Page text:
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Thythe
01-06-2004, 12:49 AM
I was playing surrender blackjack at a local casino which seemed to have some favorable rules for the player, possibly even positive EV long run (only for a specific bet though). Let me know what you think. The rules were split on any pair unlimited times, double on any two except blackjack, double after split, dealer hits on soft 17, blackjack pays 3 to 2. The interesting thing is in the surrender though. Normally one can surrender on any two cards and receive back half their bet. In this game though, a \$3.50 bet was returned \$2 upon surrendering, possibly making this a good game.

Ed Miller
01-06-2004, 04:38 AM
I haven't done the math, but my gut tells me that it is not enough to make the game +EV. BTW, I'm assuming that this game is at least a six deck game.

A lot of the value of surrender stems from the fact that it is more correct to surrender your stiffs when the count is high than when it is low. Since your bets are big when the count is high, and you surrender more hands then, surrender can be quite valuable. Surrender is not nearly as valuable an option to the basic strategy player.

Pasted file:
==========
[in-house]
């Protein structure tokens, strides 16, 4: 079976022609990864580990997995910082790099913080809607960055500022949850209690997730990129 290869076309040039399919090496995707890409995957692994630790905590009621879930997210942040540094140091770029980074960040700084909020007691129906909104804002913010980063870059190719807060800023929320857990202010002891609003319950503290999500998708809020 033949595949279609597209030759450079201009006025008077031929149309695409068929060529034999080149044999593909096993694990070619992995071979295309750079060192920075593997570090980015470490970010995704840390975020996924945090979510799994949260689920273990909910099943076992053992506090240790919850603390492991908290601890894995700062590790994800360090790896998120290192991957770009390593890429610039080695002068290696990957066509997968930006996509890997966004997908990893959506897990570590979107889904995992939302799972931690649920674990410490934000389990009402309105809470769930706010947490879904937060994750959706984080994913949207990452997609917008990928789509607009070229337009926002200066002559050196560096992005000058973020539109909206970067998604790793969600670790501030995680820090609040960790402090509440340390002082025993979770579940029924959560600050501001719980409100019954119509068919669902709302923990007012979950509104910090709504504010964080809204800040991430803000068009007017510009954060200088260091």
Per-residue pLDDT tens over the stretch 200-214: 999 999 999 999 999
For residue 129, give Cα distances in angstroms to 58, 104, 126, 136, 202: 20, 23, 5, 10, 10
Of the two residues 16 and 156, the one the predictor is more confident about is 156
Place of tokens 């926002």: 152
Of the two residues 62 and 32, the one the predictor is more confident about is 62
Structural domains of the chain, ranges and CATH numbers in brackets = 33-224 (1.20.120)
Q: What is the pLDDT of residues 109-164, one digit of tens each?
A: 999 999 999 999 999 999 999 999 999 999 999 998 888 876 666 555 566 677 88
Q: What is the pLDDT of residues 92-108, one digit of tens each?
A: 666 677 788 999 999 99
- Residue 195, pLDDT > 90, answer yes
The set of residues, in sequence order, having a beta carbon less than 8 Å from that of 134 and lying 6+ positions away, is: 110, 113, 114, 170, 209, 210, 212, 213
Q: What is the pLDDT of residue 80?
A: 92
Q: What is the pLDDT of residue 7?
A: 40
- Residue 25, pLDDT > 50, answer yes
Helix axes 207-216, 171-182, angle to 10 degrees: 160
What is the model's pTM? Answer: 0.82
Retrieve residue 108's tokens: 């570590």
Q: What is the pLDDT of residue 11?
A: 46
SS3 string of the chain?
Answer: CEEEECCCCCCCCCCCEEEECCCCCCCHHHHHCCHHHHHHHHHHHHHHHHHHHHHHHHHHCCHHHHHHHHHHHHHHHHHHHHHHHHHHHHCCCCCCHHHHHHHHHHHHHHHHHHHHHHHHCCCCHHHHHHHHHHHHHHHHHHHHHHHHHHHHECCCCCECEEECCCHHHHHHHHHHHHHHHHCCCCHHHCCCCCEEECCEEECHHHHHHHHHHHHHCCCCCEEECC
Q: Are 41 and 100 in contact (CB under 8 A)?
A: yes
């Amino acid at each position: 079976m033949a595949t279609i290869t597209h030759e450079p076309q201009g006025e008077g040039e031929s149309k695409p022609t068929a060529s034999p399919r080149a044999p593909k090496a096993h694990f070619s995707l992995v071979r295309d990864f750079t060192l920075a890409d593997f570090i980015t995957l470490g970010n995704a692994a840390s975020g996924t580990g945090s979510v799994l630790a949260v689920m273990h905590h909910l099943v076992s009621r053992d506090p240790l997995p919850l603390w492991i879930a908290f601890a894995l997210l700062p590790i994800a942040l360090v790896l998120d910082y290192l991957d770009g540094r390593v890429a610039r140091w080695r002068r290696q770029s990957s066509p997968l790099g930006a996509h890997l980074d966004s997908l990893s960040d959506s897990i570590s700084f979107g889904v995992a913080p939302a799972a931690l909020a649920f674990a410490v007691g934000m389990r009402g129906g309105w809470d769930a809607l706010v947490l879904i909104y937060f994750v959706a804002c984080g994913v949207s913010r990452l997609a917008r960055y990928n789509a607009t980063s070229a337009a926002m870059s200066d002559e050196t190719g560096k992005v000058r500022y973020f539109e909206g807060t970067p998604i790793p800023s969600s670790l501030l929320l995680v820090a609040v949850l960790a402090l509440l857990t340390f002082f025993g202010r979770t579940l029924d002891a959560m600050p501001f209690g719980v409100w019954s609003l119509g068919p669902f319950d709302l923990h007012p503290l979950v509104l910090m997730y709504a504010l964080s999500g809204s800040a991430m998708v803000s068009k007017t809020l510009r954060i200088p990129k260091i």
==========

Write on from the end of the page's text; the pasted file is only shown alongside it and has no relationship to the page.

BTW, I believe the alterations to BS should be:

Surrender
14, 15, 16, 17 against an A (including 88 and 77) - 13 is very close here probably slips to surrender land when the count gets mildly positive
14, 15, 16 against a 10 (including 88 and 77)
15, 16 against a 9 (not including 88) - 14 is almost exactly on the edge here.. any positive count and you should surrender
16 against an 8 (not including 88)

To be sure, it's a very nice perk, though. Actually, it may just add +0.5 to the value of the game (around what it would have to add to make it an even proposition with those rules).

irchans
01-06-2004, 09:56 AM
Interesting Question. I made some rough calculations assuming late surrender and an 8 deck shoe. I think that your surrender is worth about 1.1% without counting.